Sweet Moods of Jazz in StereoDecember 2013

1958 Recording of Jazz Standards Makes a Good Impression 55 Years Later

Format: 24-bit/96kHz FLAC (download)

Musical Performance

Sound Quality

Overall Enjoyment

In the early days of stereo, it was not uncommon for a manufacturer of blank tape to produce a few commercially recorded reel-to-reel tapes or vinyl LPs under their own label. Such was the case with Soundcraft, which had enough success with its Dixieland Jamfest in Stereo that it decided to follow up with a two-track reel-to-reel tape of Sweet Moods of Jazz in Stereo.

The company that is bringing out this old gem for modern listeners to enjoy is High Definition Tape Transfers. Though it has now started using LPs, it primarily employs commercially released reel-to-reel tapes as masters for its releases. Most of its titles are available as discs (CD or DVD) and a variety of downloads, but Sweet Moods of Jazz in Stereo is available only as a download. This is a glimpse of the near future, I think, as downloads are ever becoming the preferred mode for listening to music.

Though saxophonist Coleman Hawkins leads the list, it's really trumpeter Henry "Red" Allen whom you hear first in most of the songs. Either his wonderfully raspy low tones or clarion-clear high ones will remind you immediately of Louis Armstrong, and it's no wonder, as Allen claimed to be the first trumpet player to fully incorporate Armstrong's innovations in his playing. His leads are mellow in the sizzling sense. The fire is often caught by Hawkins's sax or Marty Napoleon's piano, and there are a couple of searing clarinet solos from Earl Warren, but the playing of all the others might seem a bit sedate given Allen's leads.

The rhythm section keeps things moving, especially Chubby Jackson's bass, and the steady drumming of George Wettling keeps things on an even keel. Taken all together, the sextet makes sweet music, just as the album's title promises. The songs are all standards: "Stormy Weather," "Mean to Me," "Lonesome Road," "Sleepy Time Gal," "Summertime," "All of Me," and "Tea for Two."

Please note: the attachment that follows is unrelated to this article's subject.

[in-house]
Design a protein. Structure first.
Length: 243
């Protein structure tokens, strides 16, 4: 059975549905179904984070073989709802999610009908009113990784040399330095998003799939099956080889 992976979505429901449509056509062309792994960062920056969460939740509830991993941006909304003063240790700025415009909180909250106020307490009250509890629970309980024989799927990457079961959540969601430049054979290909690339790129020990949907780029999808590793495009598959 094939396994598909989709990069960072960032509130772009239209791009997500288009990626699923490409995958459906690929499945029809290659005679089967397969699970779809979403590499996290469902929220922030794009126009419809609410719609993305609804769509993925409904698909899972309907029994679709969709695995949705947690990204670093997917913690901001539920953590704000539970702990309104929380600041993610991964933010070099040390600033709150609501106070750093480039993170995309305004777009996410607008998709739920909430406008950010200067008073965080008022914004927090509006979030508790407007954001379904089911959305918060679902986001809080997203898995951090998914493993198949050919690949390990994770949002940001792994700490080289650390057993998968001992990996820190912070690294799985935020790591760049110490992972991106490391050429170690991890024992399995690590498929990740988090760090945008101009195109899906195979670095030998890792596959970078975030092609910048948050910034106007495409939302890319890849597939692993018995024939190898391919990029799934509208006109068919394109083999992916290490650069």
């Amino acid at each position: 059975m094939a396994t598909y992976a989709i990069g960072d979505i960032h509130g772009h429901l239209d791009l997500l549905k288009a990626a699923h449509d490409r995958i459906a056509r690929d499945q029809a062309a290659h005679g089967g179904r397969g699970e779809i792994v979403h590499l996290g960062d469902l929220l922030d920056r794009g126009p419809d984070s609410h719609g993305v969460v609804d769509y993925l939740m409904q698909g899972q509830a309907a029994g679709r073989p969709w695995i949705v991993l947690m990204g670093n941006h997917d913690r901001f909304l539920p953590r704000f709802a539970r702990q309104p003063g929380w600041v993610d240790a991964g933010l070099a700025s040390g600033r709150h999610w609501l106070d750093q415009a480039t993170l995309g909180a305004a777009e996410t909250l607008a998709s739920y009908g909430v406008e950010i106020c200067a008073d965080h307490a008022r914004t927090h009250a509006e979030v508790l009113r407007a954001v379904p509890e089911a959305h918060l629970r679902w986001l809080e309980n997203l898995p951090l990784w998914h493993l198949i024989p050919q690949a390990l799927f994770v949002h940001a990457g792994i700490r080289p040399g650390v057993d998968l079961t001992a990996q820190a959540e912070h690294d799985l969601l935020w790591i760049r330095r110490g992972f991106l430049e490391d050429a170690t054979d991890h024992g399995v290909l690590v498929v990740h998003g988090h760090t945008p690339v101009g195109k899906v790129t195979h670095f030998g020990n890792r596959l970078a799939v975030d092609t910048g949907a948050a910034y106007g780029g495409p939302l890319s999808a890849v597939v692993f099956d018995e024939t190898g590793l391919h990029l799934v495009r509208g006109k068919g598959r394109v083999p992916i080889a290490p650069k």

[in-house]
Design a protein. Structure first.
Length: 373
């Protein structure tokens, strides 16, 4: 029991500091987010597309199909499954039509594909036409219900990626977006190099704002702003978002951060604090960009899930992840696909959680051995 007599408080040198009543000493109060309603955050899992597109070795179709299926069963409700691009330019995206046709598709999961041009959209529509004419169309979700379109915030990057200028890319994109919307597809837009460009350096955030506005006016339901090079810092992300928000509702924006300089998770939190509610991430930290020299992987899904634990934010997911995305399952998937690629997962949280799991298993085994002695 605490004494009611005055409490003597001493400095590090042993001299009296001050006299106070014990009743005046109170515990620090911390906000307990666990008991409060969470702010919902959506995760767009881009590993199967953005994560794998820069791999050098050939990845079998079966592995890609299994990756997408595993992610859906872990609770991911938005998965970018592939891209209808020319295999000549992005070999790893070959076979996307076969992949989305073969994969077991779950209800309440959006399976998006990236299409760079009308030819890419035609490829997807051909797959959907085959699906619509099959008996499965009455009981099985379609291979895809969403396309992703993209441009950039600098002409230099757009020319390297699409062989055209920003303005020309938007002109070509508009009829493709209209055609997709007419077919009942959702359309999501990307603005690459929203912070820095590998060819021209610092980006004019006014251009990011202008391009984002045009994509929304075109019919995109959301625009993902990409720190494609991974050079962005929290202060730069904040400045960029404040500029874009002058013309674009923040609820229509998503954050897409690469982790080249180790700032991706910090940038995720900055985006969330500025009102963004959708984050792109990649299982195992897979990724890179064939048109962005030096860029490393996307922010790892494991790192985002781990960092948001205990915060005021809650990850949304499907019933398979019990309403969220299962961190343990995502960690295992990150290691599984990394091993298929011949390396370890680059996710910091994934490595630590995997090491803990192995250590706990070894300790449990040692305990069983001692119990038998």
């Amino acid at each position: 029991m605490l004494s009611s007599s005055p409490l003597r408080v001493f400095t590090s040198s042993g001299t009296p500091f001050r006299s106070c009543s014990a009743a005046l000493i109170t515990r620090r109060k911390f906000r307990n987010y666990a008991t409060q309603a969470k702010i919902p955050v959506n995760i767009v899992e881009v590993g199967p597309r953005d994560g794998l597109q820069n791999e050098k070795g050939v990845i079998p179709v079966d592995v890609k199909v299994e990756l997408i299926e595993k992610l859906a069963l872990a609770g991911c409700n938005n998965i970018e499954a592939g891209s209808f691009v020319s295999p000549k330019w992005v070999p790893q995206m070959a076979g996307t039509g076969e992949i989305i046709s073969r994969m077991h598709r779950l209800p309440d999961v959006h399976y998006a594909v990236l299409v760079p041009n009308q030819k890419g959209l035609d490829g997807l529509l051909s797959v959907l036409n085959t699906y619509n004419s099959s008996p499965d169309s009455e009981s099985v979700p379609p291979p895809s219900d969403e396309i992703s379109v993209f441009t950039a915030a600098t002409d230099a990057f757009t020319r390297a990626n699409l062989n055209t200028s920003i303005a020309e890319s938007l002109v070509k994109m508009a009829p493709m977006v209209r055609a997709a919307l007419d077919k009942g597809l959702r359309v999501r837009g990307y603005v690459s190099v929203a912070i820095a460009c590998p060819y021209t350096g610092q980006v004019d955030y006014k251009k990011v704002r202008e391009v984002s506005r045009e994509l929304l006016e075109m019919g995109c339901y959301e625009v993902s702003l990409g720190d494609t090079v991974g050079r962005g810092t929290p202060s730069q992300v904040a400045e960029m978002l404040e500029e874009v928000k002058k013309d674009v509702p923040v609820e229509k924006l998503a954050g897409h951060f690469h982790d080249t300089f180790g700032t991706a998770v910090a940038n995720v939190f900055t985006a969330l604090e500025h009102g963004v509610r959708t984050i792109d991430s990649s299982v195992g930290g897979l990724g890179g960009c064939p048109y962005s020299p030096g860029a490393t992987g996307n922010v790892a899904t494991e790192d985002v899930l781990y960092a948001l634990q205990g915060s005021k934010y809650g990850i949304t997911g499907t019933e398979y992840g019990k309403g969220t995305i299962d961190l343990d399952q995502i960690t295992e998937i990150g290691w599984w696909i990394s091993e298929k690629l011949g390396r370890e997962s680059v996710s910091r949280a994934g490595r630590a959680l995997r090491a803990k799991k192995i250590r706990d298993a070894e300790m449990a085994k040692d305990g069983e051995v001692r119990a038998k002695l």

Stereo was still new and a big deal in 1958 when this album was recorded; it even figures prominently in the title. So it's no surprise that Sweet Moods of Jazz in Stereo takes full advantage of the then-new technology. Allen's trumpet is in the right channel, Hawkins and Wettling are in the left, and the piano floats around the middle. It doesn't sound as if the mix was made up of mono tracks from each instrument, though, but like there really might have been just two microphones with the players being pretty widely separated. It's a dry yet very accurate sound that lets you hear way into the instrumentation. The only instrument that really suffers is Napoleon’s piano, which seems a bit weak when compared to the others.

The HDTT download rate I chose was 24-bit/96kHz. It seems like overkill for a recording so old that CD quality could comfortably reproduce every element, but using higher sampling rates no doubt produces more sales, since so many listeners still seem to believe that higher rates can work some sort of magic to make older recordings suddenly turn into high resolution. If it wasn't high resolution on the master, it won't be on delivery. That all said, HDTT's transfer is clean and clear with no tape dropouts and a reduction of hiss to nonexistence.

Sweet Moods of Jazz in Stereo presents some of the greatest jazz players of a bygone era, recorded in sound that still stands the test today. It's well worth your investigation.

Be sure to listen to: "Mean to Me" starts with bass in the right channel, then, beginning almost imperceptibly, drums, brushes and hi-hat cymbal in the left, followed by piano in the right. It's a great piece of transparent recording from the dawn of the stereo era that still stands up today.

. . . Rad Bennett